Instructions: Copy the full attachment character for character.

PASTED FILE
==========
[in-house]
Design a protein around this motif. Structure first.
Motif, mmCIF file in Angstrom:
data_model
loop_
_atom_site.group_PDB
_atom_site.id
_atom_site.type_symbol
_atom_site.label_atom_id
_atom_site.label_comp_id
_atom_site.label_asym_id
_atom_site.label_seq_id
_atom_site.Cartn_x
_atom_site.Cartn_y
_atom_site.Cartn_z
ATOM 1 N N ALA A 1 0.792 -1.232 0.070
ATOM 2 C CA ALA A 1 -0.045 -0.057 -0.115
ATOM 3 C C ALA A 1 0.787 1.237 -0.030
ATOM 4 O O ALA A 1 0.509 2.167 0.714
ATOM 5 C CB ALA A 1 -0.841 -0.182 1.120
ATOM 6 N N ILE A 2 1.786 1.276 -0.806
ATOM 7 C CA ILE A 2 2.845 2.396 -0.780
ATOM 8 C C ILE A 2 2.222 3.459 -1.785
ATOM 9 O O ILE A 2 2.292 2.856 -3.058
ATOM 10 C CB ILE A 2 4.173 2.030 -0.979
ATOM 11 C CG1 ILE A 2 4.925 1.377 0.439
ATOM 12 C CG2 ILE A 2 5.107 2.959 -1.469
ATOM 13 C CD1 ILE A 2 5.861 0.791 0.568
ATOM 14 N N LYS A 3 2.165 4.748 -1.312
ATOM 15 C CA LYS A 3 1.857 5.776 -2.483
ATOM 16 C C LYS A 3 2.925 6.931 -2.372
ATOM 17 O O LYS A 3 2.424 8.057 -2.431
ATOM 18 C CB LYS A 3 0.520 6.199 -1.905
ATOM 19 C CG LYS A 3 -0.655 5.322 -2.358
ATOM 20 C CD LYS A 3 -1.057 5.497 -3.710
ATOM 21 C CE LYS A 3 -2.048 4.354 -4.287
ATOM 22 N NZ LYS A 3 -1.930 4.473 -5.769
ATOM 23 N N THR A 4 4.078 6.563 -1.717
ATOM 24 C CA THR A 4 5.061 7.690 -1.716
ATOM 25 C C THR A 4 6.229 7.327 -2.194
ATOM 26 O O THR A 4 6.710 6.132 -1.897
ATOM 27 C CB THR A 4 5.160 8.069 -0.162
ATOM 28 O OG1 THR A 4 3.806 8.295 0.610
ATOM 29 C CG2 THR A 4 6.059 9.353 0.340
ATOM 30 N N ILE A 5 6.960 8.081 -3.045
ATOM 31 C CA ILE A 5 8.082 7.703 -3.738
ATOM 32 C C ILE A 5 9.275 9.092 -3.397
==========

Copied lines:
[in-house]
Design a protein around this motif. Structure first.
Motif, mmCIF file in Angstrom:
data_model
loop_
_atom_site.group_PDB
_atom_site.id
_atom_site.type_symbol
_atom_site.label_atom_id
_atom_site.label_comp_id
_atom_site.label_asym_id
_atom_site.label_seq_id
_atom_site.Cartn_x
_atom_site.Cartn_y
_atom_site.Cartn_z
ATOM 1 N N ALA A 1 0.792 -1.232 0.070
ATOM 2 C CA ALA A 1 -0.045 -0.057 -0.115
ATOM 3 C C ALA A 1 0.787 1.237 -0.030
ATOM 4 O O ALA A 1 0.509 2.167 0.714
ATOM 5 C CB ALA A 1 -0.841 -0.182 1.120
ATOM 6 N N ILE A 2 1.786 1.276 -0.806
ATOM 7 C CA ILE A 2 2.845 2.396 -0.780
ATOM 8 C C ILE A 2 2.222 3.459 -1.785
ATOM 9 O O ILE A 2 2.292 2.856 -3.058
ATOM 10 C CB ILE A 2 4.173 2.030 -0.979
ATOM 11 C CG1 ILE A 2 4.925 1.377 0.439
ATOM 12 C CG2 ILE A 2 5.107 2.959 -1.469
ATOM 13 C CD1 ILE A 2 5.861 0.791 0.568
ATOM 14 N N LYS A 3 2.165 4.748 -1.312
ATOM 15 C CA LYS A 3 1.857 5.776 -2.483
ATOM 16 C C LYS A 3 2.925 6.931 -2.372
ATOM 17 O O LYS A 3 2.424 8.057 -2.431
ATOM 18 C CB LYS A 3 0.520 6.199 -1.905
ATOM 19 C CG LYS A 3 -0.655 5.322 -2.358
ATOM 20 C CD LYS A 3 -1.057 5.497 -3.710
ATOM 21 C CE LYS A 3 -2.048 4.354 -4.287
ATOM 22 N NZ LYS A 3 -1.930 4.473 -5.769
ATOM 23 N N THR A 4 4.078 6.563 -1.717
ATOM 24 C CA THR A 4 5.061 7.690 -1.716
ATOM 25 C C THR A 4 6.229 7.327 -2.194
ATOM 26 O O THR A 4 6.710 6.132 -1.897
ATOM 27 C CB THR A 4 5.160 8.069 -0.162
ATOM 28 O OG1 THR A 4 3.806 8.295 0.610
ATOM 29 C CG2 THR A 4 6.059 9.353 0.340
ATOM 30 N N ILE A 5 6.960 8.081 -3.045
ATOM 31 C CA ILE A 5 8.082 7.703 -3.738
ATOM 32 C C ILE A 5 9.275 9.092 -3.397